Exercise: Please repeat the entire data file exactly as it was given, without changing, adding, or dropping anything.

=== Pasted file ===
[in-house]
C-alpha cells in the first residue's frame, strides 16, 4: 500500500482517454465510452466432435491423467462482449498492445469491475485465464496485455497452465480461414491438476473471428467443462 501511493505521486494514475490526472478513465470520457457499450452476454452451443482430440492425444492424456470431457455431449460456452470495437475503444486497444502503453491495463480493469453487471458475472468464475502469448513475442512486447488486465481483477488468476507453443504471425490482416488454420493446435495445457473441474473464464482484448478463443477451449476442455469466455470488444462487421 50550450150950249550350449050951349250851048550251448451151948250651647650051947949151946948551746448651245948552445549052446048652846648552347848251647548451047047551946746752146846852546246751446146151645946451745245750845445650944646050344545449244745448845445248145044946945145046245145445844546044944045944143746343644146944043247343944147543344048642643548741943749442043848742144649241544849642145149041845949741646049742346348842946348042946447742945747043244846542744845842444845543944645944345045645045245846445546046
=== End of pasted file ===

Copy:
[in-house]
C-alpha cells in the first residue's frame, strides 16, 4: 500500500482517454465510452466432435491423467462482449498492445469491475485465464496485455497452465480461414491438476473471428467443462 501511493505521486494514475490526472478513465470520457457499450452476454452451443482430440492425444492424456470431457455431449460456452470495437475503444486497444502503453491495463480493469453487471458475472468464475502469448513475442512486447488486465481483477488468476507453443504471425490482416488454420493446435495445457473441474473464464482484448478463443477451449476442455469466455470488444462487421 50550450150950249550350449050951349250851048550251448451151948250651647650051947949151946948551746448651245948552445549052446048652846648552347848251647548451047047551946746752146846852546246751446146151645946451745245750845445650944646050344545449244745448845445248145044946945145046245145445844546044944045944143746343644146944043247343944147543344048642643548741943749442043848742144649241544849642145149041845949741646049742346348842946348042946447742945747043244846542744845842444845543944645944345045645045245846445546046